Why wouldn't you! Your top priority when making anything with login capabilities should be to keep the users data safe. No matter how small the project or how popular it may be, you should always make sure you do this right.
You may be tempted to use Pythons
hashlib module for this. While this does hash the password, it doesn't use modern techniques. We want a strong, salted hash that we can store. A hash that can't be broken at the click of a finger.
This is one of those times where we can't just make the program, well, unless you know all there is to know about encryption. Let's leave this one to the professionals, and have our passwords as secure as possible.
Passlib is what we need to help in our fight for security. It's simple to use and uses high end algorithms with salt! Wait a second, what are we using and what does it do? Glad you asked.
To import Passlib, all we have to do is choose our algoritm on import:
from passlib.hash import argon2
We will be using argon2 which has been around since 2013, which is pretty new for a hashing algorithm. We will then be adding salting into the mixture.
When you hash a password, it will always look the same, this makes it easy to get all the same passwords from a list. That's why we salt them. Salting changes that hash, so even if we hash the same password, the result is different. Pretty cool if I say so myself.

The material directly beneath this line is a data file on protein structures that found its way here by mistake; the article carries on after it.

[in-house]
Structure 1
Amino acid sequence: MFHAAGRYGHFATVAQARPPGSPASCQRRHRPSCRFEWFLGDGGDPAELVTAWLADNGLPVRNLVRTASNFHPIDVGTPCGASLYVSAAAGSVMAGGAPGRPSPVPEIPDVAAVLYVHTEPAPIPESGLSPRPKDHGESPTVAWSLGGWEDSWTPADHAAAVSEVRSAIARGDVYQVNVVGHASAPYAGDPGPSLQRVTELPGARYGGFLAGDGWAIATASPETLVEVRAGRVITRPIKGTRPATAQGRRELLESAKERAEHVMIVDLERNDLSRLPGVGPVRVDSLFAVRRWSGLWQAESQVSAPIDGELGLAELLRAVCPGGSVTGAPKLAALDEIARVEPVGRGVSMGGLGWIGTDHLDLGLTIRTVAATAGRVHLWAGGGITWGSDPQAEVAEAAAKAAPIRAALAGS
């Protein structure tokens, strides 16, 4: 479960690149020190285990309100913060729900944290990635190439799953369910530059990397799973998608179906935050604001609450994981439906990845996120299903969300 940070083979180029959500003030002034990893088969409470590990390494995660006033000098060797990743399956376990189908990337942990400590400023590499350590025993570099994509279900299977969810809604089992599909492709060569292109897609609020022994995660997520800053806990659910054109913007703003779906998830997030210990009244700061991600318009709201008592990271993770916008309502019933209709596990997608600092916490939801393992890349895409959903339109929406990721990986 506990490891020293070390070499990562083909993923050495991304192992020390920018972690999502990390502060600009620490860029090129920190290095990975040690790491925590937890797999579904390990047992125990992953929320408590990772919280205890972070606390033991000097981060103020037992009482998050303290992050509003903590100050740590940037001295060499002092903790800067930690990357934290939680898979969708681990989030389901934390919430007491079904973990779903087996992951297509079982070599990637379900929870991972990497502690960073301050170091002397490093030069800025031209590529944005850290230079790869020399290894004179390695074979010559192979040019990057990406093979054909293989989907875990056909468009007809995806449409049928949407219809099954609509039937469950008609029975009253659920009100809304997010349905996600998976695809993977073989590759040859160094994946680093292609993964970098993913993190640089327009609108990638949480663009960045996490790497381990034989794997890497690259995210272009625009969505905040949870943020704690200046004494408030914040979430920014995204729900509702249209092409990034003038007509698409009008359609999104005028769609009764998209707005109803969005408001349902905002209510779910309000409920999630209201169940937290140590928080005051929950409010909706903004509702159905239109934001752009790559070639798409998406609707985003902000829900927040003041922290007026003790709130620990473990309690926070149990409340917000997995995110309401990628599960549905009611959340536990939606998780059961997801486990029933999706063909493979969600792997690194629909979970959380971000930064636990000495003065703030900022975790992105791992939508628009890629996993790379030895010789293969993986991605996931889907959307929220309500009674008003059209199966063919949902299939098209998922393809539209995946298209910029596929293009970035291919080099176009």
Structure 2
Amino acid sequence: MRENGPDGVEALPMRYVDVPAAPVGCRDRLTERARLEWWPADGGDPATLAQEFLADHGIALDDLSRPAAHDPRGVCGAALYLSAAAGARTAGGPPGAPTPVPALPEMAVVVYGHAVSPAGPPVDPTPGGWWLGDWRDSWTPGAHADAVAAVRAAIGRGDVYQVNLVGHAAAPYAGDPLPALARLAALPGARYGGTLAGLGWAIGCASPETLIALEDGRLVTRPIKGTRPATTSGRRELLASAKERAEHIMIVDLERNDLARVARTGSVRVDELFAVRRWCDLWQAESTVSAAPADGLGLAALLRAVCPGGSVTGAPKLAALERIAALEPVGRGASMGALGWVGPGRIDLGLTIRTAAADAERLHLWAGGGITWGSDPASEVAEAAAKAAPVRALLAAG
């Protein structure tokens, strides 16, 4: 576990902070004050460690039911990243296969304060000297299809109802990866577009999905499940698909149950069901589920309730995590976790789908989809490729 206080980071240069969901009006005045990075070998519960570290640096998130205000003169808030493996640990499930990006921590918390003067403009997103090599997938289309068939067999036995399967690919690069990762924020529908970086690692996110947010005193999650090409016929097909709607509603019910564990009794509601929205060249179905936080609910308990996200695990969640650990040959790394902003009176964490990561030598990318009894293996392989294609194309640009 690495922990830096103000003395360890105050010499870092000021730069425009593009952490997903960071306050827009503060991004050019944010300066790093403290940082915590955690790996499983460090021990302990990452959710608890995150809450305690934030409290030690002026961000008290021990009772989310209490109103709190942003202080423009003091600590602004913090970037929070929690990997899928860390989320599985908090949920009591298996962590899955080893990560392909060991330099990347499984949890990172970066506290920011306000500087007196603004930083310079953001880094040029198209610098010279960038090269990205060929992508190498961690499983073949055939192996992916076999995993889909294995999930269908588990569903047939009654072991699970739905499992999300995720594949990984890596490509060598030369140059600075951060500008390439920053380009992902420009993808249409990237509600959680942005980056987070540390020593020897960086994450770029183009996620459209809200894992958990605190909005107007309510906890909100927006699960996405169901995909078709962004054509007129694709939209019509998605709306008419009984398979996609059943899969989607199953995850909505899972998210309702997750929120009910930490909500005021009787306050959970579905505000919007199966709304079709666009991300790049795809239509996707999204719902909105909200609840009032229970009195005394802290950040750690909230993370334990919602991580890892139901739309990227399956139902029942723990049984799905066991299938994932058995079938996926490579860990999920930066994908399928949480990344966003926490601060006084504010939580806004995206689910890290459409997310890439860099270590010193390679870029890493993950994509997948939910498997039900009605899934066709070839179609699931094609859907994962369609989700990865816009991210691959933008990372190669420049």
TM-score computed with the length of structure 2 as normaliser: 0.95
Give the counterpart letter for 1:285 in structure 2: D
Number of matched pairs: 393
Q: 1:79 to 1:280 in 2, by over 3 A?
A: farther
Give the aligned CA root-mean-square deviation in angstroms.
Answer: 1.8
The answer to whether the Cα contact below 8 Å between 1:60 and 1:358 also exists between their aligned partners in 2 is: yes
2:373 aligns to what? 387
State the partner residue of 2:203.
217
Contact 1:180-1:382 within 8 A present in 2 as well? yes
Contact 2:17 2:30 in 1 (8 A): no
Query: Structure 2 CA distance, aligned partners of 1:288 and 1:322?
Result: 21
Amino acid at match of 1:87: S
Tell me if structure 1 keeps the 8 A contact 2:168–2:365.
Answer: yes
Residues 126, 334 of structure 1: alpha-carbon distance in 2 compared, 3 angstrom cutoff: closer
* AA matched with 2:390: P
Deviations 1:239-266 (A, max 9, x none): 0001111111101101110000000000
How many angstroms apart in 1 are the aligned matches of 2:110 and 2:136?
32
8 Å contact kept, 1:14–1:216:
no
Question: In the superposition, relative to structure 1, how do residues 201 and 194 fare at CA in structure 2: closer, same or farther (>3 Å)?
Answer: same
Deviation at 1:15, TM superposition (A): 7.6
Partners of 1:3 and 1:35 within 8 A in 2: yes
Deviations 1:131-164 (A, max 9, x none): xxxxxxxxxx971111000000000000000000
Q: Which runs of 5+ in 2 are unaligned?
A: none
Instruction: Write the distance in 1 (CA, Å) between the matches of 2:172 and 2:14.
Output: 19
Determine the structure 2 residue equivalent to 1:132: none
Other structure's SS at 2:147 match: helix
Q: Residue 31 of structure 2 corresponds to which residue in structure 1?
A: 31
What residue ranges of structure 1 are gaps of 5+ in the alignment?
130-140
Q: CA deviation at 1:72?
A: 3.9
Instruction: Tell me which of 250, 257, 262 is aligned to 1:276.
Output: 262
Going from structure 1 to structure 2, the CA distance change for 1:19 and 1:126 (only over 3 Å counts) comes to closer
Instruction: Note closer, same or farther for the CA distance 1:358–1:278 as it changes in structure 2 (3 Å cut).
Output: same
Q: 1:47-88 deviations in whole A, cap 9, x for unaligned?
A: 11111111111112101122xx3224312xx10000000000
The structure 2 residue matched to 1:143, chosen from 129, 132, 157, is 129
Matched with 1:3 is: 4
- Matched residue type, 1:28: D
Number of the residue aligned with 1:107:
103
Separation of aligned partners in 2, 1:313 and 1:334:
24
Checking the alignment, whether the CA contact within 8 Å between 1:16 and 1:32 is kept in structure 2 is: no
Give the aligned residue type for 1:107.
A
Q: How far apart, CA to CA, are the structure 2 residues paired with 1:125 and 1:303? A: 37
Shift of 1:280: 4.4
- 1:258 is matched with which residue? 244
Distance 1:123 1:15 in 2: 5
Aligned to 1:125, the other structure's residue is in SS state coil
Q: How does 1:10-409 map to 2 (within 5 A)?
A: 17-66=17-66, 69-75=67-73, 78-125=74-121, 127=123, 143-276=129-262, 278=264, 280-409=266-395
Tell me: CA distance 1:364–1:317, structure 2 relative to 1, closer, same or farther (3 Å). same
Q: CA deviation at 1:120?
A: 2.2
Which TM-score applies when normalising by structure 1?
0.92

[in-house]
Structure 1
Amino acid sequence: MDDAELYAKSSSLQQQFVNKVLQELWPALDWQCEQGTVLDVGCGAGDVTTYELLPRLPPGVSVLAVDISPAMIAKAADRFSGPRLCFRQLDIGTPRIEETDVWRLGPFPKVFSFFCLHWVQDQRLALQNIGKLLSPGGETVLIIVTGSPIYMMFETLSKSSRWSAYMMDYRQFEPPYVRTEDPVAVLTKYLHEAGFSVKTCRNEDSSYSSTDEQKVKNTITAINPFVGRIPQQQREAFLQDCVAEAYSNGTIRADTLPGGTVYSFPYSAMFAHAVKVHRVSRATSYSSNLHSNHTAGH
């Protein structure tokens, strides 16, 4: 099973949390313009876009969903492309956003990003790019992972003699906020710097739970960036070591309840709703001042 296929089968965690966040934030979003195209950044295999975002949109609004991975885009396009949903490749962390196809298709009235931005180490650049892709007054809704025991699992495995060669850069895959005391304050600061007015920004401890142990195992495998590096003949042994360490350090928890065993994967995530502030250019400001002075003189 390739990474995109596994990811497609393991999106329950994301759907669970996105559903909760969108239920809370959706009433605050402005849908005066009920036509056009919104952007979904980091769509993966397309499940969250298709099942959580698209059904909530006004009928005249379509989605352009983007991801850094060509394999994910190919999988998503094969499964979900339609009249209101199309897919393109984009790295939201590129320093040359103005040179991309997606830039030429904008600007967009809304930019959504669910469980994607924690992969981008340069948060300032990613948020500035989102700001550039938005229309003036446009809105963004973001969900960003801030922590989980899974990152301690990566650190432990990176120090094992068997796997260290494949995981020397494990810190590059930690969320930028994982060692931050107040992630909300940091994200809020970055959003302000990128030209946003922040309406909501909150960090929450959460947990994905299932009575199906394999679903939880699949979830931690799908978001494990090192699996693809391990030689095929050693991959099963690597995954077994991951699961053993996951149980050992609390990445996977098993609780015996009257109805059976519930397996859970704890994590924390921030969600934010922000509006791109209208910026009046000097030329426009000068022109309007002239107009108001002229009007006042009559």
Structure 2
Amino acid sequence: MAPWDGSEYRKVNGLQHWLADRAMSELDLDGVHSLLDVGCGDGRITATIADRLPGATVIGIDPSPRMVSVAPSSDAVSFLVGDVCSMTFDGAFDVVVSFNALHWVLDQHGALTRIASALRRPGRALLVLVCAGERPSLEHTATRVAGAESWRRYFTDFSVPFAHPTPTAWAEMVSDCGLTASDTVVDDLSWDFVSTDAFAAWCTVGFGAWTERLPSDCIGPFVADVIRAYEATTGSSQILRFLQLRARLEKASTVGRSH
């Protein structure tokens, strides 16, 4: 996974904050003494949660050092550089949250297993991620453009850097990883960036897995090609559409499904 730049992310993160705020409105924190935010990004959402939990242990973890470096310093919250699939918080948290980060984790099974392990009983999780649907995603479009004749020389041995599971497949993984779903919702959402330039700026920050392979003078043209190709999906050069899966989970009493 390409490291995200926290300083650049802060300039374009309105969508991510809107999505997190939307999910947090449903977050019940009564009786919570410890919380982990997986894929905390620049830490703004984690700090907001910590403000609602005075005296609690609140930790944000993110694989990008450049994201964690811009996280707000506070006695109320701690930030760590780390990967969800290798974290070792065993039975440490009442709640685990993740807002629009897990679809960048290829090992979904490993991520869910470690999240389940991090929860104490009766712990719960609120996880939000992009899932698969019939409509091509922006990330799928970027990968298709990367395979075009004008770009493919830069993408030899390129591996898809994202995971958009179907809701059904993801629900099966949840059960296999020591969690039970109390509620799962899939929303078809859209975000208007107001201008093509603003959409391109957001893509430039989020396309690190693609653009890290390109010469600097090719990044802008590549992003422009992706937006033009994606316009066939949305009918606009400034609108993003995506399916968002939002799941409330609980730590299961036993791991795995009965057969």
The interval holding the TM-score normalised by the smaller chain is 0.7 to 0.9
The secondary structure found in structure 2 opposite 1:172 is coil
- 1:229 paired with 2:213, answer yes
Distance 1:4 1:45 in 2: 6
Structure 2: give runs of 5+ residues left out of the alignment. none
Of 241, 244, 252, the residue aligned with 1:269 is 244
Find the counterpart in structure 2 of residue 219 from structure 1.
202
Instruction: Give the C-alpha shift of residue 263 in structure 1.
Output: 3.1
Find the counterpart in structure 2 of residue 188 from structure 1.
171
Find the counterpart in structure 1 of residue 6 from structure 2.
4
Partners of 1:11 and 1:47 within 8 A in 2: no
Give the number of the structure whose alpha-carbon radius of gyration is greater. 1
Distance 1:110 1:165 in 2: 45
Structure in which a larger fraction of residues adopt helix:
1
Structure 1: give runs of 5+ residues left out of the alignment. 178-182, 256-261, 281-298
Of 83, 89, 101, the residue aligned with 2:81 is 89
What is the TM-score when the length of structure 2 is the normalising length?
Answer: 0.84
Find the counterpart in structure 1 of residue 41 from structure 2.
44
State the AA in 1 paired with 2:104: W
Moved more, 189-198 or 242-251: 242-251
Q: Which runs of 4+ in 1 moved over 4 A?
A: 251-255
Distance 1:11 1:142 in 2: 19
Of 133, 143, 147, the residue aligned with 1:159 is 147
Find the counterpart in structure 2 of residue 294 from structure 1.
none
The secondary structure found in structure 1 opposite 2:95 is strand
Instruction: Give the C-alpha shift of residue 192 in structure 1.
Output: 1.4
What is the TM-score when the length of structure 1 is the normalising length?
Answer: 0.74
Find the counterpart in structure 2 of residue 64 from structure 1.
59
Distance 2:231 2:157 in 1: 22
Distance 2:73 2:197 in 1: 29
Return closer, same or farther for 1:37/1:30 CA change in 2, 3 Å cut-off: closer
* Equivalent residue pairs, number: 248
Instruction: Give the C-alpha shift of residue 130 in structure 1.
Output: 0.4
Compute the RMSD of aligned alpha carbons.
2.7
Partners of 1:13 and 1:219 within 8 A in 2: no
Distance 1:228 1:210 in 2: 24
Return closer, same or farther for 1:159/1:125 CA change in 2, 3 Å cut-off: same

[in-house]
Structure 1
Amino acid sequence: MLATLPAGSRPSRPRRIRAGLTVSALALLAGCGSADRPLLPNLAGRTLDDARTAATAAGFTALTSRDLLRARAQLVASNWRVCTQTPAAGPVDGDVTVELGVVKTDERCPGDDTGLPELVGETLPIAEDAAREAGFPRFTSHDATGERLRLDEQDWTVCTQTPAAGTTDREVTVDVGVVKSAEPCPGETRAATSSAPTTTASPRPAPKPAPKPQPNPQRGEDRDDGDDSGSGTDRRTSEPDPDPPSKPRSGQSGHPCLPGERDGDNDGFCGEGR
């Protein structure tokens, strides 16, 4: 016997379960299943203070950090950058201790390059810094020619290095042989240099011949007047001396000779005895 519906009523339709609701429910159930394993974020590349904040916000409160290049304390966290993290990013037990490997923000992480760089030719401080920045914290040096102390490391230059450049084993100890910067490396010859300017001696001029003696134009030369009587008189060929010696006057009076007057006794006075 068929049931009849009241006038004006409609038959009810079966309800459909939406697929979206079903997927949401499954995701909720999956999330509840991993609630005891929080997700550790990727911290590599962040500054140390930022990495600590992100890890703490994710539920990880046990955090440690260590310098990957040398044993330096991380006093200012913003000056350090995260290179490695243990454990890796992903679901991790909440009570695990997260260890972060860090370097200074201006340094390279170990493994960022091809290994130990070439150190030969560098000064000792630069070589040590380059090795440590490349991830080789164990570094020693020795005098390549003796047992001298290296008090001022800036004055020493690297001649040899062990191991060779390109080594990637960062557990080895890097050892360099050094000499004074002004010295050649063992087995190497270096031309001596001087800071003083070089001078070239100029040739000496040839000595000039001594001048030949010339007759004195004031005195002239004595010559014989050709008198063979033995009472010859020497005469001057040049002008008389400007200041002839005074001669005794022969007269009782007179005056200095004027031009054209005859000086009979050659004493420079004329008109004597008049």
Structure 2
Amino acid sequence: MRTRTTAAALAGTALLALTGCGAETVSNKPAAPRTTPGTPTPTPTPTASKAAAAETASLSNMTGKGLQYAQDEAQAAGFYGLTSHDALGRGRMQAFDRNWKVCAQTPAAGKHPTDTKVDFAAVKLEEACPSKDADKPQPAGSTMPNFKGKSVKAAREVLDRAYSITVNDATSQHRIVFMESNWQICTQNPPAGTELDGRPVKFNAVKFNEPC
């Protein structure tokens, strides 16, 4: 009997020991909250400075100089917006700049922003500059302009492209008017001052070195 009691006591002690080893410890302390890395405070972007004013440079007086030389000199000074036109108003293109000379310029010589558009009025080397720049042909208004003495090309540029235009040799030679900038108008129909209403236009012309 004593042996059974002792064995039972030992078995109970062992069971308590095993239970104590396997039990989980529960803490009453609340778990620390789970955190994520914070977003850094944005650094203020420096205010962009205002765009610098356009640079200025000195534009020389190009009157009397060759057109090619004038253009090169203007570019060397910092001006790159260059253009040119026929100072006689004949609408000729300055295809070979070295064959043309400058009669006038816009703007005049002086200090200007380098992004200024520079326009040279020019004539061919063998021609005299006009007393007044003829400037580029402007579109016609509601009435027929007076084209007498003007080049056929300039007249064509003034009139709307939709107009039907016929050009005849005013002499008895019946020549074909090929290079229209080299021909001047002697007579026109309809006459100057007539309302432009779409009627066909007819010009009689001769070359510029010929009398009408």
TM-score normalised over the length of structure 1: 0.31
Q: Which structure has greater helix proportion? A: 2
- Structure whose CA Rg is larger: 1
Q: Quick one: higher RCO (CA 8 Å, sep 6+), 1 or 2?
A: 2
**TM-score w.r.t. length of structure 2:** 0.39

argon2-cffi which can be installed using pip or Repl's Package Manager. If you choose a different hashing algorithm which needs an external package, an error will be risen to notify you.
Let's Do This!
As I said before, Passlib makes this process easy for us to do. So let's look at some code!
# Generate new salt and hash a password hash1 = argon2.hash("password") hash2 = argon2.hash("password") # These two will show different hashes even though they are the same password print(hash1) print(hash2)
argon2.hash(password) takes in the string we want to hash, in this case the users password.
# Verifying the password test1 = argon2.verify("password", hash1) test2 = argon2.verify("notpassword", hash1) # hash1 will return True, has2 will return False as only password 1 is equal to the hash. print(test1) print(test2)
We can then compare the hash to the password entered by the user using
You can see this code on the docs here.
It's so easy that there is no point not doing it. Not only that, but it's good practice to keep any sensitive data secure, and gives the user peace of mind. Hope you fond this tutorial useful!
Have a great day!
If you have any suggestions for tutorials, leave them in the comments and I'll be sure to have a look. If you like one in the comments, then give it an up vote to show that you want to see it. It makes my life so much more easier. Thanks in advance!